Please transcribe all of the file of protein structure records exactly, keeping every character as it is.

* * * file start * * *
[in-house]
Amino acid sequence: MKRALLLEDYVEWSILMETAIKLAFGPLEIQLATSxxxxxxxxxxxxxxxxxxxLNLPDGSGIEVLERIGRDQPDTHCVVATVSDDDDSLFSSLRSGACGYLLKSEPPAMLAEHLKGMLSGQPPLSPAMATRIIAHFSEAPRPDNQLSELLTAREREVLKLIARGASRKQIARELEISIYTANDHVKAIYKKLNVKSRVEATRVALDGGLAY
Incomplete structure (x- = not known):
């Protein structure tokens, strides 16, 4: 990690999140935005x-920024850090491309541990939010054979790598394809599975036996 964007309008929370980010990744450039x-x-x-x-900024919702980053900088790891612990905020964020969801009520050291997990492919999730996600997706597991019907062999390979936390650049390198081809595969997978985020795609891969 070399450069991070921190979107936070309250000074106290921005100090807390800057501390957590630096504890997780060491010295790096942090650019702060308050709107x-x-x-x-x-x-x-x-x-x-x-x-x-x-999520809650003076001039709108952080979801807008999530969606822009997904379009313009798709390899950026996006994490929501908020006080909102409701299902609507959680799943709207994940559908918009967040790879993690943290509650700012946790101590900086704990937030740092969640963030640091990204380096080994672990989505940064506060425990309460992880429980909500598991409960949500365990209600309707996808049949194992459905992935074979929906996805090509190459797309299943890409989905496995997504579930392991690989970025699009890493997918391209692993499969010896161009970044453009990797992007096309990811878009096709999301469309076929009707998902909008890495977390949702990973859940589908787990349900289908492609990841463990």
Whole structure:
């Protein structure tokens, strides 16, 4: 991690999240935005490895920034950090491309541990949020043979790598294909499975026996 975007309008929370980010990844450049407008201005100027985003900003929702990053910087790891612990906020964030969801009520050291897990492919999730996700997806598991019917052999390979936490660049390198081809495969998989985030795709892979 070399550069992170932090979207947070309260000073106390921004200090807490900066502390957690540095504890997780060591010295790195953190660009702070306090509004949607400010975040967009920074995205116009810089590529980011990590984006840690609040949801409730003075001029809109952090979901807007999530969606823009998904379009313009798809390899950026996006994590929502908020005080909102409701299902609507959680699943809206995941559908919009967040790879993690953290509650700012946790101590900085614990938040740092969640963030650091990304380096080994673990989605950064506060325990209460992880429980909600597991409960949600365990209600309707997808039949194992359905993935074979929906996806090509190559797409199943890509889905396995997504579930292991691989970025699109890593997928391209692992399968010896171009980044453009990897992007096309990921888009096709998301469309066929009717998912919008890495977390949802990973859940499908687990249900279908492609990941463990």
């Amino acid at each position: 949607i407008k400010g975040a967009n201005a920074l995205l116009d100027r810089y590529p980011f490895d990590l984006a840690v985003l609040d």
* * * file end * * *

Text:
[in-house]
Amino acid sequence: MKRALLLEDYVEWSILMETAIKLAFGPLEIQLATSxxxxxxxxxxxxxxxxxxxLNLPDGSGIEVLERIGRDQPDTHCVVATVSDDDDSLFSSLRSGACGYLLKSEPPAMLAEHLKGMLSGQPPLSPAMATRIIAHFSEAPRPDNQLSELLTAREREVLKLIARGASRKQIARELEISIYTANDHVKAIYKKLNVKSRVEATRVALDGGLAY
Incomplete structure (x- = not known):
């Protein structure tokens, strides 16, 4: 990690999140935005x-920024850090491309541990939010054979790598394809599975036996 964007309008929370980010990744450039x-x-x-x-900024919702980053900088790891612990905020964020969801009520050291997990492919999730996600997706597991019907062999390979936390650049390198081809595969997978985020795609891969 070399450069991070921190979107936070309250000074106290921005100090807390800057501390957590630096504890997780060491010295790096942090650019702060308050709107x-x-x-x-x-x-x-x-x-x-x-x-x-x-999520809650003076001039709108952080979801807008999530969606822009997904379009313009798709390899950026996006994490929501908020006080909102409701299902609507959680799943709207994940559908918009967040790879993690943290509650700012946790101590900086704990937030740092969640963030640091990204380096080994672990989505940064506060425990309460992880429980909500598991409960949500365990209600309707996808049949194992459905992935074979929906996805090509190459797309299943890409989905496995997504579930392991690989970025699009890493997918391209692993499969010896161009970044453009990797992007096309990811878009096709999301469309076929009707998902909008890495977390949702990973859940589908787990349900289908492609990841463990």
Whole structure:
């Protein structure tokens, strides 16, 4: 991690999240935005490895920034950090491309541990949020043979790598294909499975026996 975007309008929370980010990844450049407008201005100027985003900003929702990053910087790891612990906020964030969801009520050291897990492919999730996700997806598991019917052999390979936490660049390198081809495969998989985030795709892979 070399550069992170932090979207947070309260000073106390921004200090807490900066502390957690540095504890997780060591010295790195953190660009702070306090509004949607400010975040967009920074995205116009810089590529980011990590984006840690609040949801409730003075001029809109952090979901807007999530969606823009998904379009313009798809390899950026996006994590929502908020005080909102409701299902609507959680699943809206995941559908919009967040790879993690953290509650700012946790101590900085614990938040740092969640963030650091990304380096080994673990989605950064506060325990209460992880429980909600597991409960949600365990209600309707997808039949194992359905993935074979929906996806090509190559797409199943890509889905396995997504579930292991691989970025699109890593997928391209692992399968010896171009980044453009990897992007096309990921888009096709998301469309066929009717998912919008890495977390949802990973859940499908687990249900279908492609990941463990």
């Amino acid at each position: 949607i407008k400010g975040a967009n201005a920074l995205l116009d100027r810089y590529p980011f490895d990590l984006a840690v985003l609040d």